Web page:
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In a potentially historic marriage of supercomputing and big data, IBM goes live today with a global weather model that it says can provide far more accurate forecasts for the entire world.
Called GRAF — Global High-Resolution Atmospheric Forecasting — the new model offers high resolution weather forecasts globally with a detail for areas as small as 2 miles wide, compared to 6 to 9 miles for weather models covering parts of the world outside of the advanced countries such as Europe, the US and Japan.
IBM says its new supercomputer, DYEUS, built just to run the model, will issue 12 trillion pieces of weather data every day and process forecasts every hour, while many global weather models update only every 6 to 12 hours.
“We’re actually getting down to the cellular level of the thunderstorms now, where we weren’t able to do that before. And with that information, we can provide better support to critical decision makers,” said Kevin Petty, head of science and forecasting at The Weather Company, bought by IBM three and a half years ago.
IBM became a leading player in meteorology in 2015 when it purchased the Weather Company, retaining the data gathering and forecasting units while splitting off the Weather Channel.
Tons of applications
While Americans are accustomed to turning to their phones for storm warnings and accurate, hourly forecasts, billions of people around the globe lack even basic weather forecasts, making the world a much more chaotic and dangerous place. For companies like American Airlines, better international weather forecasts can mean more comfortable flights for passengers who can be routed around turbulence. If dispatchers have more confidence in storm locations and strengths, they can even shorten flights, flying closer to weather disturbances.
“If we can get a better accurate resolution, a better picture of that weather event, we are able to much more confidently operate the flight as planned,” said Steve Abelman, manager of weather technology for American Airlines. which is currently a client of IBM’s weather services. “If we can do a more fuel efficient flight, we can certainly save money on fuel.”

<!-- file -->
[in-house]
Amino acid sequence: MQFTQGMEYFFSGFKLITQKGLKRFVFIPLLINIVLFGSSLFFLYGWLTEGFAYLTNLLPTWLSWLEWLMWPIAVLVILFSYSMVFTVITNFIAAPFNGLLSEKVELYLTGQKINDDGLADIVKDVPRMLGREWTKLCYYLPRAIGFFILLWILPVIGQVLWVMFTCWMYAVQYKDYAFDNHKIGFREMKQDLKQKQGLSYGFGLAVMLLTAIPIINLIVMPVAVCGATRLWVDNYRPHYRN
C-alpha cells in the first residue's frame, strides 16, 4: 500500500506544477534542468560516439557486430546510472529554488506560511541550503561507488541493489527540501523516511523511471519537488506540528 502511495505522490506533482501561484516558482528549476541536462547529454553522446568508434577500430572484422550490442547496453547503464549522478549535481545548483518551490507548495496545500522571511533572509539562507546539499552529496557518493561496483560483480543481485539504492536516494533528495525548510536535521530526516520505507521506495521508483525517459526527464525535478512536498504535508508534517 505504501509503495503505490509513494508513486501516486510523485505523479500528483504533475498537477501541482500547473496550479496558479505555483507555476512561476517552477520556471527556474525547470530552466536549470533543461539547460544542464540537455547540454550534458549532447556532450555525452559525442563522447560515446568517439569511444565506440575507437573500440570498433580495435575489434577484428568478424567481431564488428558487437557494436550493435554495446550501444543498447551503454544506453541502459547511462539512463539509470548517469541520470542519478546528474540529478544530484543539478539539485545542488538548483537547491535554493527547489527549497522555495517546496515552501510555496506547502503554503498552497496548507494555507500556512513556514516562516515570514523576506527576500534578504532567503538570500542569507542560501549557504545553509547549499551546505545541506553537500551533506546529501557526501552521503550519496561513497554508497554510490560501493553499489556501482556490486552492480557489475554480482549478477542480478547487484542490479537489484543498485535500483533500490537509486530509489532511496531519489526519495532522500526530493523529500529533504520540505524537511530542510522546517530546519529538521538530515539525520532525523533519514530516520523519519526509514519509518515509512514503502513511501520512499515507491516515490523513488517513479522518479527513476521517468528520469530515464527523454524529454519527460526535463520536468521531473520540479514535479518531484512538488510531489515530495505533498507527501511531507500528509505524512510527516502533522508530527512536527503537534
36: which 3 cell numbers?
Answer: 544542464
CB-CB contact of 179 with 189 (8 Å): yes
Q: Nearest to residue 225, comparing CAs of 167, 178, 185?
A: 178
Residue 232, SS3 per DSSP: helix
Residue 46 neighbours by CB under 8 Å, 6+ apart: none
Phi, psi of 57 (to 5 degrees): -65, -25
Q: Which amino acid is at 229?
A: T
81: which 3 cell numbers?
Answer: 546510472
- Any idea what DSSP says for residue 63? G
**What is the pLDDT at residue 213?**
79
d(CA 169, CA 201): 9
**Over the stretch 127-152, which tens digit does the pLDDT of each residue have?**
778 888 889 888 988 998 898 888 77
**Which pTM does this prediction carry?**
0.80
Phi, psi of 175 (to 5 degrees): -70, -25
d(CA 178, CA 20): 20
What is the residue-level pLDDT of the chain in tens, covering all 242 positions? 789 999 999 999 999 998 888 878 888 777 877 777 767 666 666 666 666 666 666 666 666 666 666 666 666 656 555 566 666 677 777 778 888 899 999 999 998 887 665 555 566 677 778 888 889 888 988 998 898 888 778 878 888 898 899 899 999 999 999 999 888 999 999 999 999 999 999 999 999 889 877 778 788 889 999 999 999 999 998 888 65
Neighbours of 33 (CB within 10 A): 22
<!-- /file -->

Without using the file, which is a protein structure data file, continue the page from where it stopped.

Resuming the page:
A woman walks in floodwaters as she holds a sac following heavy monsoon rains at a flood affected area of Gaibandha District, in Northern Bangladesh, on July 19, 2019. – Floods continue to worsen in Bangladesh as the water level in the Brahmaputra crossed a 40-year record, inundating vast areas.
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But Abelman said the model still has to prove itself and American will wait as much as several months before relying on the data. And even then it will use the data together with other sources. Any weather model, no matter how advanced the underlying technology, can only prove its accuracy over time. But IBM sees a huge need in the market for its new product.
“Any business that doesn’t have a weather strategy is missing out on returns,” said Cameron Clayton, general manager of Watson Media, Weather and special Red Hat project at IBM. Weather “impacts everything. It impacts supply chains, the kind of purchasing decisions we make, when you get up in the morning, how you’re going to dress, what you’re going to eat. And being able to predict that in advance for retailers, energy companies, travel and transportation businesses is all we do.”
Named after ancient god
Individuals can access the data thru the Weather app on smart phones and in other weather sources that use IBM data. IBM says the key to the model is in the supercomputer DYEUS, named for an ancient god that ruled the daytime sky.
DYEUS uses IBM’s Power 9 processing chips, which are also used in Summit, the world’s fastest supercomputer. In addition, DYEUS employs graphics processing units, which are used in video gaming, enabling much faster processing of visual output. GRAF will provide forecasts of up to 15 hours for 26 million locations around the world.
One of the limitations of global weather forecasts is a lack of data, but IBM says GRAF has the ability to pull in data from airplane sensors and even from smartphones, which can provide temperature and pressure data. IBM declined to give revenue projections for the GRAF project or disclose its costs. The model was developed in a public-private partnership with the National Center for Atmospheric Research.